Self-publishing non-fiction: Part 2 of an interview with author, Natasha Brooks

Today non-fiction author Natasha Brooks talks about the problems she faced with publishing her book. She also explains how she’s promoting Offered and Accepted: A Recruiter’s Guide to Sales.

Offered and Accepted: A Recruiter's Guide to Sales

The cover for Offered and Accepted

Natasha, did you have assistance from any publishing professionals, eg an editor?
I’m lucky to have a friend who used to work as an editor. He reviewed two chapters for me and gave me some very valuable advice. I also paid around $2000 to a Sydney based proofreading company who market themselves as a group of editors, working for corporate clients. Unfortunately, their work – and subsequent customer service – was appalling. They admitted that they provided me with a ‘below standard’ service because I wasn’t a major client. It took me two days to go through the text again and pick up the things they had missed … very annoying!

How will you tackle promoting the book?
My initial promotion has been through industry contacts, LinkedIn and word of mouth. I wanted to gauge reaction and ensure my website worked before embarking on the second stage which is a direct marketing campaign targeting team leaders, managers and business owners in the recruitment industry. I decided to go for direct marketing because my target market receives hundreds of emails a day – quality direct mail stands out.

I absolutely understand what information my target market wants and how they want it … because I have been that target market for 15 years

By default, I also promote the book when I’m working, and I am in the process of increasing my online profile. (I’m attending a course at the Sydney Writer’s Centre to help me do this.) I expect it to be a slow burn process … as people read the book and post reviews, more people are encouraged to buy it and so on.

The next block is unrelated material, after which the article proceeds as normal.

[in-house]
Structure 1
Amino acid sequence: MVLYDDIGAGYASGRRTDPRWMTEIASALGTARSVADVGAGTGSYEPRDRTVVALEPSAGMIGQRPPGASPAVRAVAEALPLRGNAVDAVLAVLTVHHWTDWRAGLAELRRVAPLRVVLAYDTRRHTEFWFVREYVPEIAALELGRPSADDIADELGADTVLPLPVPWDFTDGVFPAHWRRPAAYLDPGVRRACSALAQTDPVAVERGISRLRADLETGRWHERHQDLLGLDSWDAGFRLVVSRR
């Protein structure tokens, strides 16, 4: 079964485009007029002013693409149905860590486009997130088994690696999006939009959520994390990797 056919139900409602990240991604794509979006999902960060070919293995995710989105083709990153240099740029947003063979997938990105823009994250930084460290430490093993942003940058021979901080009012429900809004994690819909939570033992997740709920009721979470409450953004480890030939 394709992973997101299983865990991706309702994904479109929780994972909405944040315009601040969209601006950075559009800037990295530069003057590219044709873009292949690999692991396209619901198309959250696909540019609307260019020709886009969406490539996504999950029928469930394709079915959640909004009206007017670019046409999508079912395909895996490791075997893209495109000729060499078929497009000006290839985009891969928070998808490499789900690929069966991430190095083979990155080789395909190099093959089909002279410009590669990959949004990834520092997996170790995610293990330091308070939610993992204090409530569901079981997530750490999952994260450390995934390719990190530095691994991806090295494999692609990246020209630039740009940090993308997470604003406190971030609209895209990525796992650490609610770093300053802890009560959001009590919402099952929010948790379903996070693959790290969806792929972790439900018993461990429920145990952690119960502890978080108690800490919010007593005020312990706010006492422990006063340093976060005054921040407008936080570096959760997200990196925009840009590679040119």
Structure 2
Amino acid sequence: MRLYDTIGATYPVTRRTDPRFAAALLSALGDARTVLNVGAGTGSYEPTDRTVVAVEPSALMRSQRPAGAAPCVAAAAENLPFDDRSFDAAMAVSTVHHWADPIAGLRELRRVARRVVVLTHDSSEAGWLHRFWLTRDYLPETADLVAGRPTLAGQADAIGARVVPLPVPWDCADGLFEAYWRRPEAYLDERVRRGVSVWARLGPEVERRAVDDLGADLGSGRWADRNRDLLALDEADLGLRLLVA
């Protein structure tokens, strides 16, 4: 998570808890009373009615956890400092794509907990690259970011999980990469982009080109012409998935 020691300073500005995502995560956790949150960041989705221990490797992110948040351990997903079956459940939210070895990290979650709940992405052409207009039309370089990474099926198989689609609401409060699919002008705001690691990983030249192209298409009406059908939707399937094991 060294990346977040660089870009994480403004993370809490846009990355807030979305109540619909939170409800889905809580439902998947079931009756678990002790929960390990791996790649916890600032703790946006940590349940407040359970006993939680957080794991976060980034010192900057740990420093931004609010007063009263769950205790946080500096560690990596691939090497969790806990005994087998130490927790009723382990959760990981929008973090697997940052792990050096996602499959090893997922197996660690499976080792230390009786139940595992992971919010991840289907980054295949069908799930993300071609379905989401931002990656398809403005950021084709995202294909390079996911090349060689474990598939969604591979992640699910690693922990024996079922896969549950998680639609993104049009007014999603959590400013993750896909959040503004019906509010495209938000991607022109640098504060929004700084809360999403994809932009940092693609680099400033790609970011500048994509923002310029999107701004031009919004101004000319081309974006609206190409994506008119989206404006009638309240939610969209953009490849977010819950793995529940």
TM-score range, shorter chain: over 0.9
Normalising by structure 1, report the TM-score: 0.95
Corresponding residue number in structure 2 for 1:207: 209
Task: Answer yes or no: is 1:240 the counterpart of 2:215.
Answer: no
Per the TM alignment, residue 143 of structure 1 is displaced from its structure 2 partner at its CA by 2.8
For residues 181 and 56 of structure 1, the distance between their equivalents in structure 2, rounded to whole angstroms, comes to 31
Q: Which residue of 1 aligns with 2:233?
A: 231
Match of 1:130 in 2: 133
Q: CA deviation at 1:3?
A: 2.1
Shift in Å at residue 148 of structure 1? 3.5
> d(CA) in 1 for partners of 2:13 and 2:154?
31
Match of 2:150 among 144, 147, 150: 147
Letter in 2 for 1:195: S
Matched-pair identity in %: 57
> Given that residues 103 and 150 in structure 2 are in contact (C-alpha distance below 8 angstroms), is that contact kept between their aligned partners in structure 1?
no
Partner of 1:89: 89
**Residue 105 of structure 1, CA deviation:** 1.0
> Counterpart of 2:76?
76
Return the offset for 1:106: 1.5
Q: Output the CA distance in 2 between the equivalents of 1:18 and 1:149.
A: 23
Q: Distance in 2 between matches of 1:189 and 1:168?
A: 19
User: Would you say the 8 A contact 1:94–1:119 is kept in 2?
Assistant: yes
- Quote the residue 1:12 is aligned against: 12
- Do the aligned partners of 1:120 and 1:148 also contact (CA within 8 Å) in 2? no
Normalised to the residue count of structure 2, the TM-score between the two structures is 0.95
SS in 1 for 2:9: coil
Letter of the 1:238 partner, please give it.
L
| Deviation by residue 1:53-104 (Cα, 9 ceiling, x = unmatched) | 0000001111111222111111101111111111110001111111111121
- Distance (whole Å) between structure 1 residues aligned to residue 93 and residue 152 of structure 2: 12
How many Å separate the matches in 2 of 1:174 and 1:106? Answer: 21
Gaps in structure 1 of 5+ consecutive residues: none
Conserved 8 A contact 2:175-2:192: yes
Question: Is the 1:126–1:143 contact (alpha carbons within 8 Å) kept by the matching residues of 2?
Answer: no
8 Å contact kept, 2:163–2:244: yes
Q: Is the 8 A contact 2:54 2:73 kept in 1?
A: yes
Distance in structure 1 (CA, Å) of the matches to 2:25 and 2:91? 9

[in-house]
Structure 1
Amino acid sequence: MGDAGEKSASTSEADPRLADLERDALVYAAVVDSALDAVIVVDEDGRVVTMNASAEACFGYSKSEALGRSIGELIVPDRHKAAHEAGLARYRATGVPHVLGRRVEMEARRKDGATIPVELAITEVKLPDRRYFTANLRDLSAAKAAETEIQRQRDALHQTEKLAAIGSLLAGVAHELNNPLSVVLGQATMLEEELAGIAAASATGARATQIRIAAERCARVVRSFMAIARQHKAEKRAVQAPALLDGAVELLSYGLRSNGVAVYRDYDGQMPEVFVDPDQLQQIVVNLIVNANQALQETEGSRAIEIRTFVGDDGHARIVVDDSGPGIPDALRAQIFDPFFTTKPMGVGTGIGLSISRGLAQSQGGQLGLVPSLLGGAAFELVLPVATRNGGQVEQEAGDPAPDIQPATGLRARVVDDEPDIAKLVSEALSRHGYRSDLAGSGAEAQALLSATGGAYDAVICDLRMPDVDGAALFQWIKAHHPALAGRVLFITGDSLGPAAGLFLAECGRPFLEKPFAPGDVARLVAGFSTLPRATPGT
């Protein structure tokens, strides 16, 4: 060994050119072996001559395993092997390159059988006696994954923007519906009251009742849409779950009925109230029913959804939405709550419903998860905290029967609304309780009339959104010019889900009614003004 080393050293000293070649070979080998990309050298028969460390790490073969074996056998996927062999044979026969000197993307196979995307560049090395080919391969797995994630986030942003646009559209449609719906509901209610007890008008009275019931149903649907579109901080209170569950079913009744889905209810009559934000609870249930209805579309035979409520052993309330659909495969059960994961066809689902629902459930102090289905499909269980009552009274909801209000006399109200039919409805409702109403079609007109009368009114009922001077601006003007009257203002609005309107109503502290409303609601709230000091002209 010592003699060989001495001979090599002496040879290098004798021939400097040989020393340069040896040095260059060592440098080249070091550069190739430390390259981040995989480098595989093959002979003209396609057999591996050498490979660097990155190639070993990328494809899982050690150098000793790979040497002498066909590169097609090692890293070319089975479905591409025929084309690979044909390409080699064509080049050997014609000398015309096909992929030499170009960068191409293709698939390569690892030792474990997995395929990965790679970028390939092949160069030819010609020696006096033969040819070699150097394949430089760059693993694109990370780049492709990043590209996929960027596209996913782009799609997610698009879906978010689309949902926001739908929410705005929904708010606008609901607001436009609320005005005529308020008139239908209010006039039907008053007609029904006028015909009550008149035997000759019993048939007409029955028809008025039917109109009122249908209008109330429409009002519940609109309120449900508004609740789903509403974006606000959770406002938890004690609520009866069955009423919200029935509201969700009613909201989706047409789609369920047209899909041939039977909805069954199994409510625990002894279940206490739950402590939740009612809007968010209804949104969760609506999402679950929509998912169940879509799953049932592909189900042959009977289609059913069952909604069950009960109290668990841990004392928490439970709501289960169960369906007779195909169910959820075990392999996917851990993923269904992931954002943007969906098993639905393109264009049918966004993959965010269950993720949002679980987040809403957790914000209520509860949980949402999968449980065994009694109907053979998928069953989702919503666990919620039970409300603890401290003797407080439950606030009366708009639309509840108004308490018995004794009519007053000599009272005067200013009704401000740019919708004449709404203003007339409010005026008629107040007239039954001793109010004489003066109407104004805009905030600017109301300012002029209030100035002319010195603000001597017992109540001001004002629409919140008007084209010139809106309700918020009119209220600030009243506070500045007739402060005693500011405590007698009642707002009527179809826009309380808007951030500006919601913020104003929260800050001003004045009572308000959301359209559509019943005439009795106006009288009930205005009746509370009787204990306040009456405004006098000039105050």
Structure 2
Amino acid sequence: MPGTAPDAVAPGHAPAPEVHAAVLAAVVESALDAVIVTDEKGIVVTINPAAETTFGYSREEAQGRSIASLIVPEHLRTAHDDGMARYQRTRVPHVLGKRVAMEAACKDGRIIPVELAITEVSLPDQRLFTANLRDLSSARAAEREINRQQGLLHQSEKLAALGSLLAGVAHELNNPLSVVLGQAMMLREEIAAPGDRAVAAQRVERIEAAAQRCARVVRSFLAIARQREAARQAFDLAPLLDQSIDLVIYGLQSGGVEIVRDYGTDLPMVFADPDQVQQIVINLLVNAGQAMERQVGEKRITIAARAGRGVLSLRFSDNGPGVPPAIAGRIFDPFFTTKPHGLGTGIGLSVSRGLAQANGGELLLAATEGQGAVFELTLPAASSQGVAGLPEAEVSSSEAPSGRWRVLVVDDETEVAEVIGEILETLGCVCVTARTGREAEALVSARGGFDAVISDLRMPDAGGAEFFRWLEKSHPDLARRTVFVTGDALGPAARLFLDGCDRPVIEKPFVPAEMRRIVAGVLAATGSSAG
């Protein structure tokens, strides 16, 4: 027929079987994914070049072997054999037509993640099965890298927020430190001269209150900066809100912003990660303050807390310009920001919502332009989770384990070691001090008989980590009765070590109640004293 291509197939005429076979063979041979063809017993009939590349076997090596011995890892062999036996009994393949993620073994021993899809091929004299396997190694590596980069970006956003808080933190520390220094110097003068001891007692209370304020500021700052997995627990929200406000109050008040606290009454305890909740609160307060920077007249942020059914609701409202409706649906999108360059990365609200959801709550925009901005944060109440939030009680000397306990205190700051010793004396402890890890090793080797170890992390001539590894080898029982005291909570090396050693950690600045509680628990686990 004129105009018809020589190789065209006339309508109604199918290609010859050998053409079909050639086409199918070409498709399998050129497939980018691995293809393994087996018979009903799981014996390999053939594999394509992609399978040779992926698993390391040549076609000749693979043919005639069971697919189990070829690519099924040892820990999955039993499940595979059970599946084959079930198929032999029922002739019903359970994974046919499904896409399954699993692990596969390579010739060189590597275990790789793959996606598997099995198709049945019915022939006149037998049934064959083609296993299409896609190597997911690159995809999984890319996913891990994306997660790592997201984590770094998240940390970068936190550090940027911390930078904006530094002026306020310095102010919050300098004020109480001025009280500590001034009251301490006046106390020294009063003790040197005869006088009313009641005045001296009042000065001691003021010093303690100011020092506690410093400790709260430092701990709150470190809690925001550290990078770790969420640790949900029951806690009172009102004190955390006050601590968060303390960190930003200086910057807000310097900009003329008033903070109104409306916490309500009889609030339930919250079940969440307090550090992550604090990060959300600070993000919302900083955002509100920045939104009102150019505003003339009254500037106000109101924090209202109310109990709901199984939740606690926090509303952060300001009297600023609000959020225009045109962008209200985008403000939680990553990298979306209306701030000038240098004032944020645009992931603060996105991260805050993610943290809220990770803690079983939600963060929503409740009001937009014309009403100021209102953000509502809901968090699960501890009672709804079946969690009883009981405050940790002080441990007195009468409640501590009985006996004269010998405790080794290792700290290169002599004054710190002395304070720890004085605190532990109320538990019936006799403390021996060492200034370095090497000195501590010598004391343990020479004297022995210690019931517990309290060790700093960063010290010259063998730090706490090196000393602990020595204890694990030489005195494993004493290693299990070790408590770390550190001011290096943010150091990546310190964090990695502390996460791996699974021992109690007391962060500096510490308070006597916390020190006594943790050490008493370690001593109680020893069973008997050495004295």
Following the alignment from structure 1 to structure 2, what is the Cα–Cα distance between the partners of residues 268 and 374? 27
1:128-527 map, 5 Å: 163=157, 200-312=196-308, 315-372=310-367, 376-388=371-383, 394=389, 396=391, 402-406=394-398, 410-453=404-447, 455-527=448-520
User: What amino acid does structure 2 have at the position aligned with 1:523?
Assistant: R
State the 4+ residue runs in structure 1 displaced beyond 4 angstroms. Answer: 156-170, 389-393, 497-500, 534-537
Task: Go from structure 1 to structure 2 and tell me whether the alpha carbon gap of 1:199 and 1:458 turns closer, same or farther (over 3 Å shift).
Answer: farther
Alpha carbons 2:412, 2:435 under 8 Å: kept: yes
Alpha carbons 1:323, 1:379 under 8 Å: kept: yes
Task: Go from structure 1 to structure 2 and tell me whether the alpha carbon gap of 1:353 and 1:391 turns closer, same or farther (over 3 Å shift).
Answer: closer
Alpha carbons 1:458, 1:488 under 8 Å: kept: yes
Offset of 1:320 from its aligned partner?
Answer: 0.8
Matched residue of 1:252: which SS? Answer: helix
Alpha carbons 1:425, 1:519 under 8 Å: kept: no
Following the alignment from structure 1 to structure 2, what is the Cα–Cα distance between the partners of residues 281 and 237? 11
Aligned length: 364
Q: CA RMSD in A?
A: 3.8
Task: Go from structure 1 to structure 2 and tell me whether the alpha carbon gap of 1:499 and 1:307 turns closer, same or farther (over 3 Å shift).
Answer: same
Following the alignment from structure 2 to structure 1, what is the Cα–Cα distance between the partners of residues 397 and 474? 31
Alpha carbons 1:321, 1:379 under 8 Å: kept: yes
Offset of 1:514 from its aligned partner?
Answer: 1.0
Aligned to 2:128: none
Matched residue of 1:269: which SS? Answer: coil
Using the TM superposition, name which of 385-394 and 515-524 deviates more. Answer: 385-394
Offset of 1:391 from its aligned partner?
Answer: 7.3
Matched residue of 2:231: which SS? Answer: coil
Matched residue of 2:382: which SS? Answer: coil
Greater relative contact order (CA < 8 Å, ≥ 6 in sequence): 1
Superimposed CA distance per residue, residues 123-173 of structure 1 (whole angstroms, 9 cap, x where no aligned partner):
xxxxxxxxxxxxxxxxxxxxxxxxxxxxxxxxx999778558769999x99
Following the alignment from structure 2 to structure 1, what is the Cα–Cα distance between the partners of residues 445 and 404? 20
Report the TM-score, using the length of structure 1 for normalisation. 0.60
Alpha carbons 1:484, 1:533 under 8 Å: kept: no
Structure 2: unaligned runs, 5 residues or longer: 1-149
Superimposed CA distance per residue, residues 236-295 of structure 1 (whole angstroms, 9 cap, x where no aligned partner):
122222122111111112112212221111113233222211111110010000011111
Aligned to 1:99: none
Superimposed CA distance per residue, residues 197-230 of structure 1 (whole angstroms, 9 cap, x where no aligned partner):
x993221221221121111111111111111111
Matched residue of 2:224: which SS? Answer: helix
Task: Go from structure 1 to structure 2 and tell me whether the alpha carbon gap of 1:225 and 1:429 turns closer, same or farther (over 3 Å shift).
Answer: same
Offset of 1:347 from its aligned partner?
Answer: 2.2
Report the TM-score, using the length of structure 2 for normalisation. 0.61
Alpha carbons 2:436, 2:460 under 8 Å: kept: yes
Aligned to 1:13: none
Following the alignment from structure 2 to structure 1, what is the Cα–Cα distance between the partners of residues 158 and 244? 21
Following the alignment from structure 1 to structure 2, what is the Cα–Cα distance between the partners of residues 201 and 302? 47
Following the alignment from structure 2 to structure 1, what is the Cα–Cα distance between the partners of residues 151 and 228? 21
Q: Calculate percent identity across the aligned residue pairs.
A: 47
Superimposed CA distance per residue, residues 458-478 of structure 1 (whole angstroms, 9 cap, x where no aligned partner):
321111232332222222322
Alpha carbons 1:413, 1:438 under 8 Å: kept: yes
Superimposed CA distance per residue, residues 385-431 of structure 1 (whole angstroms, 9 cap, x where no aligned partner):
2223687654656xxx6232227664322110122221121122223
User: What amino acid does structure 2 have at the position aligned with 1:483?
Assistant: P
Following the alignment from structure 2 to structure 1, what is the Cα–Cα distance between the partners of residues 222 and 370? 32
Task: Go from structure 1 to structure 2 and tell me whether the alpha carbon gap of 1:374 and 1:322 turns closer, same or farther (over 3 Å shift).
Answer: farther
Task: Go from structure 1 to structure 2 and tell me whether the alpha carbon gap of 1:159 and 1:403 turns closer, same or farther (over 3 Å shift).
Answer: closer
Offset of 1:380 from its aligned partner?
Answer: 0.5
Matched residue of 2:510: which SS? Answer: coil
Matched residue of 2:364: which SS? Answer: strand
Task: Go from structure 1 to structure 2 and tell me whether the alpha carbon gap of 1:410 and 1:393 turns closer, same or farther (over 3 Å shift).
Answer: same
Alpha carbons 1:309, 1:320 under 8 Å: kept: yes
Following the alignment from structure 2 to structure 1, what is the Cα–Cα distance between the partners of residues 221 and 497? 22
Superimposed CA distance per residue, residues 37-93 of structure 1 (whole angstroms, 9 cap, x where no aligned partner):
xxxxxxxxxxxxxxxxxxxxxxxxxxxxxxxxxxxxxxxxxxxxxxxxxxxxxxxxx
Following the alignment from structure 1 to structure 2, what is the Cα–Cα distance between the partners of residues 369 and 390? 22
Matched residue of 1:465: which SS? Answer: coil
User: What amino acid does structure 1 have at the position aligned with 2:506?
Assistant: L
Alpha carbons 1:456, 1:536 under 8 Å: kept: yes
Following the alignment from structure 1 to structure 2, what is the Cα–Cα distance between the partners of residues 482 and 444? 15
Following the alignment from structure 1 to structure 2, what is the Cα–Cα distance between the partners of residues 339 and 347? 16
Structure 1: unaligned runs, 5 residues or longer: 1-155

What promotional tactics have been effective to date? What hasn’t worked?
It’s very early days but I sold just over 50 copies in the first three weeks, through sending emails to contacts and posting details on LinkedIn, and that includes orders from South Africa and the UK. I probably could have sold that amount by holding a launch party but the costs involved didn’t justify the return, and would have left me no budget for any other promotion. The direct mail campaign started this week so I’ll have to come back to you on that one!

At the moment, how can people buy the book?
Directly from my website, with payment through PayPal.

What next? What are your future plans for writing projects?
The first draft of my novel is still marinating in a draw and I’d like to go back to it at some point, albeit alongside my commercial work. I also think there is scope for a follow up to Offered and Accepted that targets recruitment managers, rather than consultants.

What is it that differentiates you from other writers?
I absolutely understand what information my target market wants and how they want it, because I have been that target market for 15 years. So many of the books aimed at recruiters are written by academics or people who spent a couple of years at most working as a recruiter sometime last century. I know that sounds harsh, but it’s true! I’m not suggesting those books don’t hold some value, but what differentiates my writing is its absolute relevance.

If you could travel back in time to the moment before you started your publishing project, what advice would you give yourself?
• Expect it to take longer than you think.
• Plan the book before you start writing (but don’t use that as an excuse not to start writing!)
• Choose a different proof-reading company!

About the book
Practical and easy-to-read, Offered and Accepted introduces a simple sales process designed for recruiters. From generating candidates and clients, to negotiating rates and closing offers, it covers every aspect of the recruitment process and provides you with the know-how needed to achieve outstanding results in a competitive market.

Weblinks

Click here for Natasha’s website.

And here for Natasha’s blog.

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